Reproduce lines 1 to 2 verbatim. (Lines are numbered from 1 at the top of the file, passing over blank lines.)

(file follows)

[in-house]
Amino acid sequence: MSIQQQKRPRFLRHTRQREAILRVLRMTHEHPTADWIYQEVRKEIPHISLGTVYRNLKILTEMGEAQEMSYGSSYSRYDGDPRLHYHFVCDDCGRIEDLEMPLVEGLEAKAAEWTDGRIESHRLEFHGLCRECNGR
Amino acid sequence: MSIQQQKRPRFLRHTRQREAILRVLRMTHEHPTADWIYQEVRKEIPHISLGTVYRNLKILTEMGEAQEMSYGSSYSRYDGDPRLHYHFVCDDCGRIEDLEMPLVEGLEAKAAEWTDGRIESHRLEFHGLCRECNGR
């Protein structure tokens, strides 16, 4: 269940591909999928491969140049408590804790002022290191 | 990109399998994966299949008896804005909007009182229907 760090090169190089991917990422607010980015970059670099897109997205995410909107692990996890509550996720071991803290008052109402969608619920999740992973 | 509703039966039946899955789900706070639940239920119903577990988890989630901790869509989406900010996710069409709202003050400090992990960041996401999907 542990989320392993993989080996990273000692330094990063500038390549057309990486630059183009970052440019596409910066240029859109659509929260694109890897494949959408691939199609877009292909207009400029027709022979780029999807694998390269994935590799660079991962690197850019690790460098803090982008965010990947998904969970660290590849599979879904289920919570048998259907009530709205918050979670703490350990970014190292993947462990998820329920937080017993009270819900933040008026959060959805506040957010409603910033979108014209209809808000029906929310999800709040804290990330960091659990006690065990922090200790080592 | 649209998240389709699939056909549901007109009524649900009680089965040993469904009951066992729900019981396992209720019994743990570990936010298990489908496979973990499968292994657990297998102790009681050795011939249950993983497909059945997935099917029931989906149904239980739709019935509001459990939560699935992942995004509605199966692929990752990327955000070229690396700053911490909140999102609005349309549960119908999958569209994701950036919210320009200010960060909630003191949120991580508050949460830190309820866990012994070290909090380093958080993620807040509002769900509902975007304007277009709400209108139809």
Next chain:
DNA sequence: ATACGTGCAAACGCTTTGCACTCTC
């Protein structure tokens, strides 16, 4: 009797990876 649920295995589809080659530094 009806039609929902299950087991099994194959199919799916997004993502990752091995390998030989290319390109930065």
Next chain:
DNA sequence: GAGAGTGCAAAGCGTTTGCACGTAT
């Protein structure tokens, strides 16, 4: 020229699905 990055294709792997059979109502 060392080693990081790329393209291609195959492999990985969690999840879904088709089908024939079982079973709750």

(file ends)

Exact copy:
[in-house]
Amino acid sequence: MSIQQQKRPRFLRHTRQREAILRVLRMTHEHPTADWIYQEVRKEIPHISLGTVYRNLKILTEMGEAQEMSYGSSYSRYDGDPRLHYHFVCDDCGRIEDLEMPLVEGLEAKAAEWTDGRIESHRLEFHGLCRECNGR